There is a downside to having things static, even when you somehow manage to have so much stability that it's possible. Some examples:

  • Many professors get comfortable with the material enough that they don't make large updates, and it can get stale and out of date over time (both materially and in method used).
  • Professors, being human beings, get bored of saying the same thing over and over and their excitement, passion, and patience can begin to wear thin even with classes they once enjoyed.
  • Some students aren't a good fit with some professors, and if a required class is always taught by a professor they don't get along with this may interfere with academic progress.
  • Professors can lose sight - or just not have a good idea to begin with - what the goal of teaching some material actually is. Most programs have courses that build on each other, like Introduction -> Research Methods -> Stats -> Advanced Research Methods. If you only teach stats and don't ever run an advanced class, are you sure you are teaching the stats students will need - and are you emphasizing applications that best prepare them for the advanced material? If you teach a Calculus I class, are you making sure students get all the groundwork they need for Calculus II? I've had students tell me "the Professor assumed we all had JavaScript in the previous class and designed the whole class around it, but half of us had never seen it before!" - with not very encouraging results.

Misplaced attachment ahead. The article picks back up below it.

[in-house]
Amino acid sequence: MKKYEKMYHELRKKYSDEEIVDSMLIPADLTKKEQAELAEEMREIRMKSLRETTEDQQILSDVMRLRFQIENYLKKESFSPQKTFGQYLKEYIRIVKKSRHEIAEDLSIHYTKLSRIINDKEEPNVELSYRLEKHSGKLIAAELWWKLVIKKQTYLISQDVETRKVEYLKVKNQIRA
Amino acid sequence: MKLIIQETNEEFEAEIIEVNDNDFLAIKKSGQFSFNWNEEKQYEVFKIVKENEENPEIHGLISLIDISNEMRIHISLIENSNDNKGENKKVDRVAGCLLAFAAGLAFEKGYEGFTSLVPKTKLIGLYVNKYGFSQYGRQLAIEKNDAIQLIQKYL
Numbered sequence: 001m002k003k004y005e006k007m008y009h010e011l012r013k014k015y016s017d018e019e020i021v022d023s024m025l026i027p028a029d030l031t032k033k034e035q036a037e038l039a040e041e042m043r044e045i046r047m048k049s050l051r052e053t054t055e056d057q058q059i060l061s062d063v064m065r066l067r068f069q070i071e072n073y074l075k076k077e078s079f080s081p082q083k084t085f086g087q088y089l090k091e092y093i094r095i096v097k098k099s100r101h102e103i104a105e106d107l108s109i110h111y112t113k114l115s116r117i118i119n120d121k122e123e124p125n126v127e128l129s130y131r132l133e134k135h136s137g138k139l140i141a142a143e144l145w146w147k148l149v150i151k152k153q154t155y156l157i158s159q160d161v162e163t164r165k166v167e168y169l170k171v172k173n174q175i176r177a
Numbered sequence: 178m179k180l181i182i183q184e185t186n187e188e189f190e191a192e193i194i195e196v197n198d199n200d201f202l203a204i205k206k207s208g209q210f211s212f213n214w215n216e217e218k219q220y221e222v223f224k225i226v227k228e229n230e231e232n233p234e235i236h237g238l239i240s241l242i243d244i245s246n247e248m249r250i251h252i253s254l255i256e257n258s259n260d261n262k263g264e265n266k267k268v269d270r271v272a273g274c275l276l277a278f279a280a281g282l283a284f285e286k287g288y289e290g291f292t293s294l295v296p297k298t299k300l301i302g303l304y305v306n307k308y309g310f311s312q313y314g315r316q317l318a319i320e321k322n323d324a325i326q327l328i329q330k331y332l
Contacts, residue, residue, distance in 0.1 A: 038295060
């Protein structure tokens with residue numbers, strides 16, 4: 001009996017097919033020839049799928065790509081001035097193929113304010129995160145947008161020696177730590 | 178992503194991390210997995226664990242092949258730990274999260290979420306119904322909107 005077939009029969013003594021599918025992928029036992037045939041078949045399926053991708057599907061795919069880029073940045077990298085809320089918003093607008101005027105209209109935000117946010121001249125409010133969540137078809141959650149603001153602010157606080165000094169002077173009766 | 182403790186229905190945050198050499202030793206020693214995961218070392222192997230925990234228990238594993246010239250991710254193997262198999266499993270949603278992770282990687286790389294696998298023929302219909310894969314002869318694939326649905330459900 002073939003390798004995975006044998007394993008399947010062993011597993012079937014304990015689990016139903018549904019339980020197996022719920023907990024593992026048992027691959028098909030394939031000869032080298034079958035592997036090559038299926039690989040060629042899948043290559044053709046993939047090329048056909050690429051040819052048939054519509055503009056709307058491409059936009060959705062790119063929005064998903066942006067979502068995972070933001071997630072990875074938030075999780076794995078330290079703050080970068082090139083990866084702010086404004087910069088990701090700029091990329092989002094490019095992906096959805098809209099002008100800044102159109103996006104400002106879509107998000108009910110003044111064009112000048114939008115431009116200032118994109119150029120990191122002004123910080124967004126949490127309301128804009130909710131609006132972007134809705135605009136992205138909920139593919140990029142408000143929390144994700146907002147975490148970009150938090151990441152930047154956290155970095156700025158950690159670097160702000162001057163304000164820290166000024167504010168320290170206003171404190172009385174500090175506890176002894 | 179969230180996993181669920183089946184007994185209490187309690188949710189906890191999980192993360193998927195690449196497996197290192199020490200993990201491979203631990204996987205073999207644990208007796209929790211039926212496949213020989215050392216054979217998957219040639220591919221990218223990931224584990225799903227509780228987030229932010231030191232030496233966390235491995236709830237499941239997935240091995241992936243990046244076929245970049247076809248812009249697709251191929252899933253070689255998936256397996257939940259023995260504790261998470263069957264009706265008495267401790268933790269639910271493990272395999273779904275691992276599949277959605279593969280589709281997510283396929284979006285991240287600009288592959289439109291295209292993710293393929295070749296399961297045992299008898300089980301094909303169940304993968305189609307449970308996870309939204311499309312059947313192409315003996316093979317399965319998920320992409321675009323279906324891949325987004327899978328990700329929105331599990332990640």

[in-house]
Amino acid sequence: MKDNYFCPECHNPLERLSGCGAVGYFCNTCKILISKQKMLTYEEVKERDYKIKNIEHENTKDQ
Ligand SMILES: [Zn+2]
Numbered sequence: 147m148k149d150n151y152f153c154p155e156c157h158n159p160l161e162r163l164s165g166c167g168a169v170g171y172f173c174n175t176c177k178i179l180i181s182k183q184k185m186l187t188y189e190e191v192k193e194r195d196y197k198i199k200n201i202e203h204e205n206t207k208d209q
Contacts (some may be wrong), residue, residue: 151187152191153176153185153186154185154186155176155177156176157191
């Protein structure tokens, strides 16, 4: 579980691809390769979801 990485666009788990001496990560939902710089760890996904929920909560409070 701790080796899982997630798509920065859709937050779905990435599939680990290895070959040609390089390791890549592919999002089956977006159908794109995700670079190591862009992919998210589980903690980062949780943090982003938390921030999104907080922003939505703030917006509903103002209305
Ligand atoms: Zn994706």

However, there are downsides to moving people around a lot too:

  • The first time is always the hardest. No one knows what to expect, every question asked will be one you might not have answered before, the teacher's idea of pacing and time required to complete assignments will basically be wild guesses, etc.
  • Sometimes someone is asked to teach a class because no one else is available. I talked with a visiting academic who was a statistician, and he said in his first semester they came to him and said, "Hey, have you ever used C++ before?" He said, "Well, I guess a little bit in undergrad..." And so they said, "Great, don't have anyone else to teach this required class - will you teach a C++ class for us?" So he just had to figure it out as he went. It isn't ideal, but the alternative: no class offered that semester, which may mean students can't take required key classes or they will just miss out on learning important material entirely. Sometimes everyone just has the make the best of a non-ideal situation - come to think of it, that's what most of us have to do most of the time!